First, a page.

If you’ve been thinking about updating your website and making some improvements, now is the time to stop thinking, and get it done.
A good website will help your vet practice grow more than any other single marketing action.
It’ll help promote your healthcare plan, your services, act as the hub for your marketing and is even proven to help with recruitment (Nobody wants to work somewhere that looks archaic and not interested in keeping up-to-date or paying attention to detail).
Your website is the public mirror that reflects all you want people to see and feel about you.
Visitors to your website might not have heard anything about you or seen the practice in real life before. They won’t understand how hard you work, how much your clients love you or what excellent service you offer. Therefore, it’s critical that you check and – if necessary, refine – how your reflection appears.
You can choose how you represent yourself. And you can make it count.
If you think about your brand values, what you pride yourselves on, and what makes you unique, is it pronounced? Have a quick look at your competitor’s websites and look at how you represent in comparison. Are you competing?
7 reasons your website is crucial to your future:
1: Meet expectations
Like it or not, your clients will expect a modern and professional website.
Suppose you don’t have a great website. In that case, you’re sending a message that your business is out of date and that you don’t care about details that people can see, let alone what happens behind closed doors. NONE of these things should represent your practice or your brand.
It would help if you shouted about offering the BEST care to your clients. Find ways to show your caring, thoroughly professional services. How you are embracing modern advances and how you are playing a key part within the community and understanding a client’s needs.
2: Be visible
You might be doing amazing things and making a real difference to peoples lives. But you want the people who might be looking for you and trust you to see this.
You need to be visible to your existing and potential clients in a place where they are. And this is going to be whilst browsing the internet more than in any physical space.
Nearly 9/10 (88%) UK adults are now online.
Those under 55 are nearly all online – 96% of 45-54s regularly using the internet, and 98% of 16-24s.
Individuals in the UK spend, on average, 23.6 hours online per week and are using their mobile devices for up to five hours a day.
If you invest in no other marketing, invest in your website. And then keep investing.
3: Be credible
When it comes to services – and particularly services for pet owners with high emotional investment – trust and reassurance are key in deciding which vet practice they choose.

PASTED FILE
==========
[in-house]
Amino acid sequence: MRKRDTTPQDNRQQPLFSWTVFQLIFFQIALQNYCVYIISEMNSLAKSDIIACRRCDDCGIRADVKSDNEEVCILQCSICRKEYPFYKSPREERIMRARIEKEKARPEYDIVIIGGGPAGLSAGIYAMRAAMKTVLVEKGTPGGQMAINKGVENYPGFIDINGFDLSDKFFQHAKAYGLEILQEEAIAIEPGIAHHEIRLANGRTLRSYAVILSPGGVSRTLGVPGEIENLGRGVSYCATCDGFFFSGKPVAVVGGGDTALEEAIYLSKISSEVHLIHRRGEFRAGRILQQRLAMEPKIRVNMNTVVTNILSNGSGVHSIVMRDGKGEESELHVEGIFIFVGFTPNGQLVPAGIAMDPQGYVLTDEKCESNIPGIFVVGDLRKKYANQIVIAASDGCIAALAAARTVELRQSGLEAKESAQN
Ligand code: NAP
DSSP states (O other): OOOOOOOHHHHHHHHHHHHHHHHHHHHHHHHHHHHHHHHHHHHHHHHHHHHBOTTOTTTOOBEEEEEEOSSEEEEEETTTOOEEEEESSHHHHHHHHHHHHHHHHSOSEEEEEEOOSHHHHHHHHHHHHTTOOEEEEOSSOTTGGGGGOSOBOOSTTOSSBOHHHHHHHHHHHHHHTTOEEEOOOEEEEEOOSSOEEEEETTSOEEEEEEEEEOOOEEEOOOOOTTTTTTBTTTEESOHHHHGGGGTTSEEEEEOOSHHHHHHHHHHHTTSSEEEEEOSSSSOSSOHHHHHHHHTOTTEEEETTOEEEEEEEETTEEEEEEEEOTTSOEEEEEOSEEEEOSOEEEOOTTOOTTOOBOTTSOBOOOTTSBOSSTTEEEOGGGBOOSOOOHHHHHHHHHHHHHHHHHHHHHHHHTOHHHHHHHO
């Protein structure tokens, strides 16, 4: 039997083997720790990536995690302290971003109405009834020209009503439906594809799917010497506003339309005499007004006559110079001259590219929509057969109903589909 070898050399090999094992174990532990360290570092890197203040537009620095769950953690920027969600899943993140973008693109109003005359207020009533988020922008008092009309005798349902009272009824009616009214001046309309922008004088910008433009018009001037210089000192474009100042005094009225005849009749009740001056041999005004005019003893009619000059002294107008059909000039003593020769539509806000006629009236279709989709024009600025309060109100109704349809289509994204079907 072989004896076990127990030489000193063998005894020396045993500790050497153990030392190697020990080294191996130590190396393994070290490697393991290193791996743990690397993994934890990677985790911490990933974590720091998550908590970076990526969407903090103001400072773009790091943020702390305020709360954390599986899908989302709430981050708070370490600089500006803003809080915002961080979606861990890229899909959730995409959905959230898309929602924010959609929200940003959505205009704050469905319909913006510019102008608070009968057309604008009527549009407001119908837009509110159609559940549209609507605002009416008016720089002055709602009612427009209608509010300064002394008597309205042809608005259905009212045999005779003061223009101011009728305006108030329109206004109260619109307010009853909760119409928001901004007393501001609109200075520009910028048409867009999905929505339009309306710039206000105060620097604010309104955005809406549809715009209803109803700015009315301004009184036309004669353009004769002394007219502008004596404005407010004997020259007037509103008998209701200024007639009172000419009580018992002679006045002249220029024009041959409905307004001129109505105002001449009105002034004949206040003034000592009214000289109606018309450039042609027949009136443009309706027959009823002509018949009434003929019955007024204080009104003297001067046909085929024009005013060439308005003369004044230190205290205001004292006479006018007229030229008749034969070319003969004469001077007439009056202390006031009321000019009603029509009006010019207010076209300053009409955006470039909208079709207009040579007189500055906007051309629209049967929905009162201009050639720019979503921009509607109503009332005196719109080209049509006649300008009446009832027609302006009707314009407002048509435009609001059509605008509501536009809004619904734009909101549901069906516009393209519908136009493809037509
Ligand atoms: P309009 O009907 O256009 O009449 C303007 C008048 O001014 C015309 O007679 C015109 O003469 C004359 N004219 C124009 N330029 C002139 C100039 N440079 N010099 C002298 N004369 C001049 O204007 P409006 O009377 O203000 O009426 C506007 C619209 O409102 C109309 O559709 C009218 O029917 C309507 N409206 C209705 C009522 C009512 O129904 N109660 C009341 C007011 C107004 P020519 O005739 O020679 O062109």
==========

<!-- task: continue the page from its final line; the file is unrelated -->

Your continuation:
We live in a digital age, and 48% of clients say a website is the biggest factor in determining whether a business is credible.
30% of your potential clients won’t even consider using a business without a website.
Your clients expect you to have an online presence. They may consider a practice that doesn’t have a website or has something old-fashioned as less professional and not at the top of their game.
Not a great selling point. Remember, customers, make these assumptions within the first few seconds of entering your website.
4: Beat the competition
Your competitors – or at least, the ones you worry about will have a website.
If you’re not competing with them, if your site is basic or doesn’t work, you need to make that change immediately. Why disadvantage your practice? If a potential client is looking for a vet in your area, you need to provide reassurance that you are a worthy contender.
A clean and professional website means you can stand shoulder-to-shoulder with your competition, be they corporate vets or independent vets.
A large corporate practice with large premises and roundabout advertising isn’t necessarily going to have a more professional looking website than you. It may have less reassuring information, community feel and personality. It’s more likely a one-size-fits-all website with an emphasis on the corporate company they belong to.
You can easily do better than this.
Although budgets might be vastly different, a responsive (resizes to fit the device – mobile, tablet desktop), professionally designed website that talks about your USP’s can instantly even out the playing field.
Websites don’t have to cost the earth.
Easy Direct Debit practices get 1/3rd off all design costs, and this includes websites. Not an Easy Direct Debit practice yet? It’s still unlikely to be as expensive as you thought, and we move fast – typically we can get you up and running within 3-6 weeks* of you giving us the nod.
5: Offer the best client experience
Aside from meeting expectations and offering excellent customer service, your website can quickly go the extra mile. Basic telephone enquiries can tie-up a receptionist’s time as well as your client’s time – using your website to quickly and answer common questions, will save time for everyone.
Your website homepage should show:
- Opening hours
- Telephone numbers
- Practice address
- An advert and link to your health plan
- Links to services
- Testimonials (Google and Facebook)
You can also add features that allow people to:
- Chat with a staff member
- Book an appointment
- Register with the practice
- Order repeat prescriptions
- Book a telemeds appointments
We live in an age where instant gratification is expected. Clients will be wary if they can’t pick up their mobile device and find answers to basic questions within a few clicks. So make sure your site is mobile-optimised (responsive).
48% of people in the UK in 2018 say a mobile device is their preferred way to access the internet compared to 24% on a laptop and just 9% on a PC.
Every interaction is associated with your brand, whether it’s good, bad, a niggle or a huge gripe. If your website causes frustration because of a bad user experience, customers WILL associate that with your vet practice. And you can reasonably expect them to vent their frustrations on social media or leave a snippy review on Google!